A. We in the paint industry have a technical term for this, “chalk.” Well, not so technical I guess. This is basically a sign of weathering of the paint film due to exposure to environmental elements, such as, ultra-violet rays, moisture, salt, etc. Over time, nearly all paints will exhibit light chalking when exposed to the elements. Excessive chalking, however, is a sign of sever breakdown of the paint film and loss of protection of the substrate and should be addressed immediately.

Q. How long should I wait to paint fresh stucco or any fresh masonry substrate?

A. I’m glad you asked! NEVER PAINT NEW MASONRY SUBSTRATES, SUCH AS STUCCO, BEFORE 28 DAYS OF CURING. Fresh stucco has a very high level of alkalinity and if painted too early, can burn the paint film, causing loss of color and worst case, complete failure of the paint film. This is known as alkali burn. To avoid this simply wait, at the very minimum, 28 days before painting. Also, Southern paint will gladly test your surface for alkalinity free of charge, provided you are using our paint of course. 

Q. What’s the deal with elastomeric paint?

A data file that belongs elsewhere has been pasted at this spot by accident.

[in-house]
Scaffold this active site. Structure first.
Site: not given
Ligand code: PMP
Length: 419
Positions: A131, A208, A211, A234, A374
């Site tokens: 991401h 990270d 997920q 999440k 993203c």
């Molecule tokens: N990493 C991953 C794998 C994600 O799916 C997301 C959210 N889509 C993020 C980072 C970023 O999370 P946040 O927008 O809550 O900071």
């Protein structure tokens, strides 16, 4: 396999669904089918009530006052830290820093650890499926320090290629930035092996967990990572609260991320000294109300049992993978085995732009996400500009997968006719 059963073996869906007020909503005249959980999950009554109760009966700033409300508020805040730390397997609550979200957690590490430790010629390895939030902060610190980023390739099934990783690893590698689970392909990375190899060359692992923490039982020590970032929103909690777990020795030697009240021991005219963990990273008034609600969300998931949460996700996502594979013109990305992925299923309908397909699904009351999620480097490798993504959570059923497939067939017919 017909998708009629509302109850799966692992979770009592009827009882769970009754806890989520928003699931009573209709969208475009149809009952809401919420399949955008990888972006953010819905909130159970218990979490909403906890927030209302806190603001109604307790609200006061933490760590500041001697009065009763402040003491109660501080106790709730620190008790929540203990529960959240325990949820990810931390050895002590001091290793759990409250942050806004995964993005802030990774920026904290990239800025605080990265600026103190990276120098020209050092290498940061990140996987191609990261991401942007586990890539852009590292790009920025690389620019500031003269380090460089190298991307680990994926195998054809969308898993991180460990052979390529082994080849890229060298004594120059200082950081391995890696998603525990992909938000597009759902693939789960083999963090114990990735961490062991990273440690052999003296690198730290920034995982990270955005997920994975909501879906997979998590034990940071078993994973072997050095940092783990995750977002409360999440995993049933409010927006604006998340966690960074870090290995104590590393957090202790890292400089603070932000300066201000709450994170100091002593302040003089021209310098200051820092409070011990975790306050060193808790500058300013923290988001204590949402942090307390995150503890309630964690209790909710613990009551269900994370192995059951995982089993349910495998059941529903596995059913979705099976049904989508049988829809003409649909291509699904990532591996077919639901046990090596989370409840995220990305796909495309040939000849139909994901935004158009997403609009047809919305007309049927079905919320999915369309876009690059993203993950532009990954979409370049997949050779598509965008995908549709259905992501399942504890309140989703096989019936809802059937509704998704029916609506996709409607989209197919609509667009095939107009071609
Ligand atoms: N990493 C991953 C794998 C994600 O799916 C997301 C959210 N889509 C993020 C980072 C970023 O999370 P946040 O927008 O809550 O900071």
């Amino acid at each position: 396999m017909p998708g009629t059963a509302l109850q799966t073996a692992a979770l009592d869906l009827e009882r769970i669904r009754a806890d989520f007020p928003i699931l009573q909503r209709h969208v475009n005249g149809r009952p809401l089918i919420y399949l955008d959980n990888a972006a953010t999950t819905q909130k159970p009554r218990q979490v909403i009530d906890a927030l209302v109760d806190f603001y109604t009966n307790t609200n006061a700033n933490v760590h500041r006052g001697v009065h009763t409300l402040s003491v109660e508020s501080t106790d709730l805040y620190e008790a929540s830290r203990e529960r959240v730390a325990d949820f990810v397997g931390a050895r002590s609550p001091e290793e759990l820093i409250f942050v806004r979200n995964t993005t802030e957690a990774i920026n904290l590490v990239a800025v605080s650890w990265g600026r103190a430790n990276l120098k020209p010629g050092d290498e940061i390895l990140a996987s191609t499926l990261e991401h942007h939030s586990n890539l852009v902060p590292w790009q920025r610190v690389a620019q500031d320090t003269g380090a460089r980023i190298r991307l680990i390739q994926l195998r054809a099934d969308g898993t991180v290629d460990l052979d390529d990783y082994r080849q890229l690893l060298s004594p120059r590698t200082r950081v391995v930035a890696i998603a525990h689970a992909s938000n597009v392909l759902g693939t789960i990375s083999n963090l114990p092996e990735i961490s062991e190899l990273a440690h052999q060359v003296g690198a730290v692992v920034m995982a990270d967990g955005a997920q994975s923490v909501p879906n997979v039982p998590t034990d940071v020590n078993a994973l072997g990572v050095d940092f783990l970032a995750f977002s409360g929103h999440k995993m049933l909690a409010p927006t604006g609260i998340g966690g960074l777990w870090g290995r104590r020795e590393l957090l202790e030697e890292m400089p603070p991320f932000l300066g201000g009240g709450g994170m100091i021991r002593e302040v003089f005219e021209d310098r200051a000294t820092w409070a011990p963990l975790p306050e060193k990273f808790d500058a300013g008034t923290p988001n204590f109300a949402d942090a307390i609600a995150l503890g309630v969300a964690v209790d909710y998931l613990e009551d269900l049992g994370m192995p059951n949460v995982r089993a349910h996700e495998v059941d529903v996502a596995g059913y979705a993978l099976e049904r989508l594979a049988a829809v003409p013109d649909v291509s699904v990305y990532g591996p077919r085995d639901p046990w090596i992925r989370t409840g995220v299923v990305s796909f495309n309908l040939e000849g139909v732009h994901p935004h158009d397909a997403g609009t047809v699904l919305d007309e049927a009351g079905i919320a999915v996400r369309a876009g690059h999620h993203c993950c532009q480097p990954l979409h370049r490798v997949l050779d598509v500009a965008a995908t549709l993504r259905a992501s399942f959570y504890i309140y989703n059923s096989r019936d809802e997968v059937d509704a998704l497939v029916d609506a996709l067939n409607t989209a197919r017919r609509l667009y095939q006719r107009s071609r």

A. The infamous elastomeric! There is a lot of thing to know about elastomeric. Let’s start with what it is. Elastomeric is a thick, heavy bodied, elastic coating, designed to stretch and bridge small cracks in masonry surfaces. It’s approximately 2-3 times thicker than ordinary house paint. Elastomerics are fantastic waterproofing coatings, though widely oversold. Our recommendation is to use elastomeric only if you need it. For example, if water is coming through your walls due to a series of hairline cracks or even cracks and breaches in your walls that you can’t see. Or, you have hairline cracks scattered throughout the entire surface (spider cracking) and patching wouldn’t be feasible or economical. We also do not recommend elastomeric on new stucco. The reason is that new stucco will settle, resulting in settlement cracking and sometimes settlement cracking is too much for elastomeric to handle. A gallon of elastomeric paint costs about the same as a quality 100% acrylic house paint, however, you coverage is up to 4 times less. A 20mil elastomeric covers only about 80 square feet per gallon as opposed to 250-300 square feet with you 100% acrylic house paint. So you’ll need a lot more elastomeric. Now, here’s the thing. You can stretch elastomeric to 250-300 square feet per gallon, but you will not get the performance of an elastomeric, therefore wasting your money. If attempting application yourself and you’re using a 20 mil elastomeric that’s recommended to be applied at 80 square feet per gallon, I suggest taping off an area 8’x10’ and squeezing the first gallon into it. This will give you a great idea as to how heavy you need to apply it.